46. “Wild For The Night”- A$AP Rocky & Skrillex

A$AP Rocky is not the New York rap messiah some promised us, but he isn’t the talentless pretty boy some make him out to be, either. “Wild for the Night,” the second single off his debut album LongLiveA$AP, sounds nothing like what either Skrillex or A$AP has put out the last few years. A$AP teaming up with the dubstep king may look like a questionable match on paper (including the awkward rhyme, “put my finger to the grillex/me and my n—- Skrillex”), but the DJ’s enthralling production matched with A$AP’s unfailing energy make the duo nothing less than an inspired choice. Rap hasn’t sounded this aggressive in a long time, and aggression fits perfectly into the makeup of both hip-hop and brostep (could this be the start of a beautiful relationship?). Skrillex tones down his mechanical spontaneity to set A$AP’s table, and A$AP allows the production to shine over any of his numerous artificial vocal inflections, and what results is a hit that lies pleasantly between two musical extremes.

45. “Gentleman”- PSY

If I had a piece of candy for every view “Gangnam Style” has on YouTube, I’d have 1.8 billion pieces of candy (enough to share with one quarter of the entire human race). So at just over 600 million views (or 1/3rd of its predecessor), it would be fair to say that the video for “Gentleman,” the most highly anticipated music video ever released, was a flop. Most artists would kill for a fraction of a percentage of that attention, but since we’re talking about the follow up to the biggest global phenomenon since “Thriller,” it’s pretty clear that “Gentleman” didn’t really hit it “big.” And that’s too bad, because the video is a slightly inferior but still excellent jab at the absurd excesses of young wealth, proof that PSY has that Michael Jackson killer instinct, if not the dance moves. What makes “Gentleman” such a great song, however, is that unlike “Gangnam Style,” it stands on its own as an audio file. “Gangnam Style” would not have reached Western ears without that hall-of-fame video, and though “Gentleman” wouldn’t have stuck without “Gangnam Style,” it merits its place in discos without a hint of foreign novelty or irony. Also, ponytails.

44. “Default”- Atoms for Peace

Atoms for Peace is hardly a supergroup, not because of their personnel (Thom Yorke, Nigel Godrich, Flea), but because there was hardly any buzz towards what felt like a consolation prize to a Radiohead-free 2013. And while Thomothy Yorkshire surrounded himself with excellent musicians, I couldn’t shake the fact that Amok sounded like a Yorke solo album, missing the four AAA musicians that made Radiohead the best band in the universe for a little over a decade. “Default” is pretty good, though. It sounds like an Amnesiac b-side, a minimalist Kraftwerk-shop that presents both the grating and sly identities of Godrich’s production (the opening few seconds sound like buffering, depending on your Internet connection). It’s not Radiohead because Yorke is just one of the five necessary pieces to complete the supergroup I’m actually hoping will return. I really like Radiohead, if you couldn’t tell.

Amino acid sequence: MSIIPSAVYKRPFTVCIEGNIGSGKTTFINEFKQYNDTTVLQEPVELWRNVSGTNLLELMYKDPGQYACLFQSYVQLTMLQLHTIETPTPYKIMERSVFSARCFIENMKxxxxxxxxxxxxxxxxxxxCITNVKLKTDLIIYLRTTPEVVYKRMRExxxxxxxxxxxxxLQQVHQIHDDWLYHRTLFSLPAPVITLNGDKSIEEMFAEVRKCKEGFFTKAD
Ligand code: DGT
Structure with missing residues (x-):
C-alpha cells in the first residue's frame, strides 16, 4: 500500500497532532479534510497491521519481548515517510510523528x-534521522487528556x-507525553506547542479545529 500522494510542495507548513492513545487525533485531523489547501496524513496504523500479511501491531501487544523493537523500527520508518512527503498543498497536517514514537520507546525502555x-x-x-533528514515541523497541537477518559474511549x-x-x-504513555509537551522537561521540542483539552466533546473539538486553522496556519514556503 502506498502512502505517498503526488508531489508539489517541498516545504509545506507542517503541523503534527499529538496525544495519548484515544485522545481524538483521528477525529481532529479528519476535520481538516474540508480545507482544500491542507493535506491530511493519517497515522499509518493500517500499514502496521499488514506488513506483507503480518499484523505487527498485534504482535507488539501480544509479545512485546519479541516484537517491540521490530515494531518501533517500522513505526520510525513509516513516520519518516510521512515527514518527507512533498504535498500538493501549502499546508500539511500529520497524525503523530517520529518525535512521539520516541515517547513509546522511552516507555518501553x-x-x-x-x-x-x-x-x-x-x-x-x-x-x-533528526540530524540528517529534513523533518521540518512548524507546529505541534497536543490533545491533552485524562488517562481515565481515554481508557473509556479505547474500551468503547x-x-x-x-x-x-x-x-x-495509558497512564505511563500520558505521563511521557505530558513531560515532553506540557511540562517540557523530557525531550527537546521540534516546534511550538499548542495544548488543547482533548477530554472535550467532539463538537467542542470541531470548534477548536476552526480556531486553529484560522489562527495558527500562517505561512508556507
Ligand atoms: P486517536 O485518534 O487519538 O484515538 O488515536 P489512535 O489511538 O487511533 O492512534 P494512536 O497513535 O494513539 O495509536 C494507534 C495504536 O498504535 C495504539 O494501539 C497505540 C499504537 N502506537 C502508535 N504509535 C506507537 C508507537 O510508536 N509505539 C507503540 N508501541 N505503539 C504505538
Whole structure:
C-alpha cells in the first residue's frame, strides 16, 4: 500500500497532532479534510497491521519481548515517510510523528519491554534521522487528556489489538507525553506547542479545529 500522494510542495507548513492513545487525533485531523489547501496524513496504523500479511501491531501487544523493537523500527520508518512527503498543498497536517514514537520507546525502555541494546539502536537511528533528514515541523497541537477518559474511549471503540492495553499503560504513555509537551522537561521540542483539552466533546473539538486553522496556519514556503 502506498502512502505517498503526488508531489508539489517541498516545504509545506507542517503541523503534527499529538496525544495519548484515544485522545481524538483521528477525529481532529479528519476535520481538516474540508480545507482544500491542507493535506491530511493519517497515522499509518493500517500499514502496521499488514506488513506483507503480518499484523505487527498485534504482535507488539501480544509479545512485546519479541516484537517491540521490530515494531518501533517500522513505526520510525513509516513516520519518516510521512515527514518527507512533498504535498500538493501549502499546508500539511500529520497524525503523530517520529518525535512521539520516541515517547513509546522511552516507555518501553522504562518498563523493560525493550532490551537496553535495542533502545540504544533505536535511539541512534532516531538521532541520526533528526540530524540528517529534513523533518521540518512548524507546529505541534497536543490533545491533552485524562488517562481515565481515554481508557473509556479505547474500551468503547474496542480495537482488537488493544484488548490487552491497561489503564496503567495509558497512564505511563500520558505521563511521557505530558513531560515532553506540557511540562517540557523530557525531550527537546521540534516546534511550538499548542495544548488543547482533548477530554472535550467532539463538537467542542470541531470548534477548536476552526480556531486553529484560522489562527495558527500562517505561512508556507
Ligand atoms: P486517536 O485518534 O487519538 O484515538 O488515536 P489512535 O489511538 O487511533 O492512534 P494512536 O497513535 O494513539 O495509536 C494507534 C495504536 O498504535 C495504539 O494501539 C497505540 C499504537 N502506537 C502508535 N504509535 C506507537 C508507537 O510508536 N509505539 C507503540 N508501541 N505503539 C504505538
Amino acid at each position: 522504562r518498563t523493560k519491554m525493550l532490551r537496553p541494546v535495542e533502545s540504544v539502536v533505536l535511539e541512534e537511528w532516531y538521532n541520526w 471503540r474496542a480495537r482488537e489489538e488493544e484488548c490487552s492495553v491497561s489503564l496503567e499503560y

43. “Bugs Don’t Buzz”- Majical Cloudz

It’s pretty ironic that “Bugs Don’t Buzz’s” opening couplet “The cheesiest songs all end with a smile/this won’t end in a smile, my love” sounds kinda cheesy, but thank goodness it’s all downhill from there. “Bugs Don’t Buzz” captures the “importance” of a moment, and how some, even the ones we should be remembering forever, just aren’t that memorable. “If life could be forever one instant…” lead singer Devon Welsh pleads, “would it be the moment you met me?” Because that would be ideal: two people sharing a wish to make the same moment last forever, but this isn’t how it goes, this doesn’t end in a smile. Welsh’s reality is your run of the mill heartbreak: “No, my dear,” he finishes, burdened with the agony of unrequited love and blessed with the ability to lay it to tape.

42. Work Bitch- Britney Spears

Britney shaved her head in 2007. That was the low point in a years long string of bizarre public relations, a point from which no one expected the Pop Princess would return, much less thrive. But in the six years since that debacle, Britney has pulled a reverse-Samson, finding a niche in gay club/workout anthems that sound better than any other music she’s ever done. There isn’t any underlying subtext to her sound, no feigning of childhood innocence or the impression of pop majesty, just simple house rhythms and her patented dance floor command. This is as simple and idiot-proof as house music gets, and the further Britney gets away from her late 90s, the more the Madonna comparisons start to make sense.


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